An exchange student who's really an alien, a secret room that becomes the perfect place for a quick escape, a typical tale of grandfatherly exaggeration that is actually even more bizarre than he says... Read more...
An exchange student who's really an alien, a secret room that becomes the perfect place for a quick escape, a typical tale of grandfatherly exaggeration that is actually even more bizarre than he says... These are the odd details of everyday life that grow and take on an incredible life of their own in tales and illustrations that Shaun Tan's many fans will love.
Publishers Weekly® Reviews
- Reviewed in: Publishers Weekly, page 59.
- Review Date: 2008-11-03
- Reviewer: Staff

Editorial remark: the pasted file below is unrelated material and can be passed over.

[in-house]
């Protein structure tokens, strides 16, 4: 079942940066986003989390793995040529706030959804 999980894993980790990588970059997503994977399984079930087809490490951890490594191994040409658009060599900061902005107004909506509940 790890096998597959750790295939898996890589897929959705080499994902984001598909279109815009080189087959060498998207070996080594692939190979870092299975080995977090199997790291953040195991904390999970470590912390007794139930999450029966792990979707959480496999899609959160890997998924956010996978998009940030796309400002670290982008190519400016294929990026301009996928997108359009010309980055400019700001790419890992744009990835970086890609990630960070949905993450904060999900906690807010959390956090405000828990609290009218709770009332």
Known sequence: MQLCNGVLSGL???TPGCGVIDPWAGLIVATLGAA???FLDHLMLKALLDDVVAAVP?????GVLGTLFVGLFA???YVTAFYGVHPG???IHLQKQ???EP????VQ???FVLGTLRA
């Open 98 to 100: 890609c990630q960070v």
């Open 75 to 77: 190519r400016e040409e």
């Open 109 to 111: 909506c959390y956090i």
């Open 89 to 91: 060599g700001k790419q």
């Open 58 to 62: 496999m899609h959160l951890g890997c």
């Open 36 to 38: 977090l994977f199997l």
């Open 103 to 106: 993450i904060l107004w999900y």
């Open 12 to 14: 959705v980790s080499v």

The term “suburbia” may conjure visions of vast and generic sameness, but in his hypnotic collection of 15 short stories and meditations, Tan does for the sprawling landscape what he did for the metropolis in The Arrival.Here, the emotional can be manifest physically (in “No Other Country,” a down-on-its-luck family finds literal refuge in a magic “inner courtyard” in their attic) and the familiar is twisted unsettlingly (a reindeer appears annually in “The Nameless Holiday” to take away objects “so loved that their loss will be felt like the snapping of a cord to the heart”). Tan's mixed-media art draws readers into the strange settings, à la The Mysteries of Harris Burdick. In “Alert but Not Armed,” a double-page spread heightens the ludicrousness of a nation in which every house has a government missile in the yard; they tower over the neighborhood, painted in cheery pastels and used as birdhouses (“If there are families in faraway countries with their own backyard missiles, armed and pointed back at us, we would hope that they too have found a much better use for them,” the story ends). Ideas and imagery both beautiful and disturbing will linger. Ages 12–up. (Feb.)